Automation and Make: Instructor Notes

Make is a popular tool for automating the building of software - compiling source code into executable programs.

Though Make is nearly 40 years old, and there are many other build tools available, its fundamental concepts are common across build tools.

Today, researchers working with legacy codes in C or FORTRAN, which are very common in high-performance computing, will, very likely encounter Make.

Researchers are also finding Make of use in implementing reproducible research workflows, automating data analysis and visualization (using Python or R) and combining tables and plots with text to produce reports and papers for publication.


The overall lesson can be done in a 2 hour slot.

Solutions for challenges are used in subsequent topics.

A number of example Makefiles, including sample solutions to challenges, are in code/samples and are identified below.

It can be useful to use two windows during the lesson, one with the terminal where you run the make commands, the other with the Makefile opened in a text editor all the time. This makes it possible to refer to the Makefile while explaining the output from the commandline, for example. Make sure, though, that the text in both windows is readable from the back of the room.

Setting up Make

Recommend instructors and students use nano as the text editor for this lesson because

Please point out to students during setup that they can and should use another text editor if they’re already familiar with it.

Instructors and students should use two shell windows: one for running nano, and one for running Make.

Check that all attendees have Make installed and that it runs correctly, before beginning the session.

Code and Data Files

Python scripts to be invoked by Make are in code/.

Data files are in data/books.

You can either create a simple Git repository for students to clone which contains:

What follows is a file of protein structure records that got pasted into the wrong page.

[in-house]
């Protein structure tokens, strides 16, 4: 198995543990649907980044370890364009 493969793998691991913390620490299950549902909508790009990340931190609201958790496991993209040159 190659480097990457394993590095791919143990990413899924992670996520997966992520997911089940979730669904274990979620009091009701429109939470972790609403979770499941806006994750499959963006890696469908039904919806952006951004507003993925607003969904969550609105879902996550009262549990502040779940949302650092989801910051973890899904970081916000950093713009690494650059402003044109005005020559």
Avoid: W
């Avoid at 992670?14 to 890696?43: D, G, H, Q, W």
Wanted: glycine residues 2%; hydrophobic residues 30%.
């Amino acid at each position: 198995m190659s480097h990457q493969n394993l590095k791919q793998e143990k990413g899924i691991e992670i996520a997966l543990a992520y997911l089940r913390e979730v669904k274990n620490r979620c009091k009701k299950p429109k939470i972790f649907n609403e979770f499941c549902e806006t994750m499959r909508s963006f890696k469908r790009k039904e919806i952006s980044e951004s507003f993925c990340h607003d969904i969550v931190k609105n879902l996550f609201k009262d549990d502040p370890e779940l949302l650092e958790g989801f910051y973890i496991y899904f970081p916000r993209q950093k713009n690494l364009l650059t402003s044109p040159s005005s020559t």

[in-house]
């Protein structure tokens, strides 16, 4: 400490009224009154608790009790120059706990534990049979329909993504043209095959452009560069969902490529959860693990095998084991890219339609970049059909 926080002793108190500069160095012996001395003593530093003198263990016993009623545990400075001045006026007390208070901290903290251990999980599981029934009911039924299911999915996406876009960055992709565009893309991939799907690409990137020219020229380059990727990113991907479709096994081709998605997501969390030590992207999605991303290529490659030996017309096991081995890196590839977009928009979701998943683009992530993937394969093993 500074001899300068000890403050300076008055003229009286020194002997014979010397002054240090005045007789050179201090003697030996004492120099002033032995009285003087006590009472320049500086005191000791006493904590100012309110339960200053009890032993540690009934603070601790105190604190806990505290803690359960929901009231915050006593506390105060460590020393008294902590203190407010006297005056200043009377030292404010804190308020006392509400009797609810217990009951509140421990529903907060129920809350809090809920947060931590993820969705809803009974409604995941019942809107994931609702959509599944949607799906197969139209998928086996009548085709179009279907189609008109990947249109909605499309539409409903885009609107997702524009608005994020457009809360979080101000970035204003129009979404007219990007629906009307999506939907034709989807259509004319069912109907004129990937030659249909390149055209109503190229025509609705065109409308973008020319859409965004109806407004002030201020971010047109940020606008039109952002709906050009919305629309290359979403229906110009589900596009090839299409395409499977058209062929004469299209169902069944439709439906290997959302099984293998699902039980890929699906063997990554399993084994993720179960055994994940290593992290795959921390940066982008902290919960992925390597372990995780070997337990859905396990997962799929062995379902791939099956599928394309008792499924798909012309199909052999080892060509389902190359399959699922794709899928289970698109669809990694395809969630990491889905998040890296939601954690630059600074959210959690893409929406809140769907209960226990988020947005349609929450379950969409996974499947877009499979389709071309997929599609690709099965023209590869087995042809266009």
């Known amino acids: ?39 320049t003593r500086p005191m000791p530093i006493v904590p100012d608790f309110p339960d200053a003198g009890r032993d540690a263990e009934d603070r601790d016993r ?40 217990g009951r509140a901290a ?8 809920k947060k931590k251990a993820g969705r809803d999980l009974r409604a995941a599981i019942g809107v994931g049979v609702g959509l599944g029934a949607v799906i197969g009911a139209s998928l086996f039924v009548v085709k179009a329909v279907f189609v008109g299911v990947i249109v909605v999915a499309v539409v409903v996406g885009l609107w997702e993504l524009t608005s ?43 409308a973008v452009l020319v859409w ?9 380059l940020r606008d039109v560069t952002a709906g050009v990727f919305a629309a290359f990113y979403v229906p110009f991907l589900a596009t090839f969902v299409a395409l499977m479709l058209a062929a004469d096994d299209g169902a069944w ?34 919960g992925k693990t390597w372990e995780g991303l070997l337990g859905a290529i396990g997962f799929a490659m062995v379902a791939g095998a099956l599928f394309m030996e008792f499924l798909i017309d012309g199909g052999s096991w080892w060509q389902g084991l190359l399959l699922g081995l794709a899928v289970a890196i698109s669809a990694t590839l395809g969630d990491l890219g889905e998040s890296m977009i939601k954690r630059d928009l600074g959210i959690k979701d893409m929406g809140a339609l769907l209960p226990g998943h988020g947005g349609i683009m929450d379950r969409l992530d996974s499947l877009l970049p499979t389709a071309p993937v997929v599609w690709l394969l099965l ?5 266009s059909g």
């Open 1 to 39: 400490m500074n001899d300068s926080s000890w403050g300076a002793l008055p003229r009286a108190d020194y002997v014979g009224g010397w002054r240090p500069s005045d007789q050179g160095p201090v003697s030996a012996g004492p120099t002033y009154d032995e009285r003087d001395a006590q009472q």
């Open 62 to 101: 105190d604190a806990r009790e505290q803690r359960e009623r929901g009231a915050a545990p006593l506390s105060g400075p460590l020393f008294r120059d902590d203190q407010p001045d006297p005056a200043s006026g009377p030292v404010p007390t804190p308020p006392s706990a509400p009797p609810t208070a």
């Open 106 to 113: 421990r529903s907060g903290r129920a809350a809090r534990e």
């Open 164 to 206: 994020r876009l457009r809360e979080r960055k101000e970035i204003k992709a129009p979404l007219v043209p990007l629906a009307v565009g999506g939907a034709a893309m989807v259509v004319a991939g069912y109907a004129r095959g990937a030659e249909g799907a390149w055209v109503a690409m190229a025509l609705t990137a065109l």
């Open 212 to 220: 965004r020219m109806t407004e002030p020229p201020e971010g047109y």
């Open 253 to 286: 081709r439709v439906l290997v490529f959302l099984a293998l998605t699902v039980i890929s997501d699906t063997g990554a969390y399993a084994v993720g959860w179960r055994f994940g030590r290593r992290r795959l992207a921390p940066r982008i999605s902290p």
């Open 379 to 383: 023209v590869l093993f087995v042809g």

Or, ask students to download from this repository.

To recreate, run:

$ make

Beware of Spaces!

The single most commonly occurring problem will be students using spaces instead of TABs when intending actions.

Makefile Dependency Images

Some of these pages use images of Makefile dependencies, in the fig directory.

These are created using makefile2graph, which is assumed to be in the PATH. This tool, in turn, needs the dot tool, part of GraphViz.

To install GraphViz on Scientific Linux 6:

$ sudo yum install graphviz
$ dot -V
dot - graphviz version 2.26.0 (20091210.2329)

To install GraphViz on Ubuntu 14.04.3 and 15.10:

$ sudo apt-get install graphviz
$ dot -V
dot - graphviz version 2.38.0 (20140413.2041)

To download and build makefile2graph on Linux:

$ cd
$ git clone
$ cd makefile2graph/
$ make
$ export PATH=~/makefile2graph/:$PATH
$ cd
$ which makefile2graph

To create the image files for the lesson:

$ make diagrams

See’s diagrams target.

UnicodeDecodeError troubleshooting

When processing books/last.txt with Python 3 and vanilla shell environment on Arch Linux the following error has appeared:

$ python books/last.txt last.dat
Traceback (most recent call last):
  File "", line 131, in <module>
    word_count(input_file, output_file, min_length)
  File "", line 118, in word_count
    lines = load_text(input_file)
  File "", line 14, in load_text
    lines =
  File "/usr/lib/python3.6/encodings/", line 26, in decode
    return codecs.ascii_decode(input, self.errors)[0]
UnicodeDecodeError: 'ascii' codec can't decode byte 0xc3 in position 6862: ordinal not in range(128)

The workaround was to define encoding for the terminal session (this can be either done at the command line or placed in the .bashrc or equivalent):

$ export LC_ALL=en_US.UTF-8
$ export LANG=en_US.UTF-8
$ export LANGUAGE=en_US.UTF-8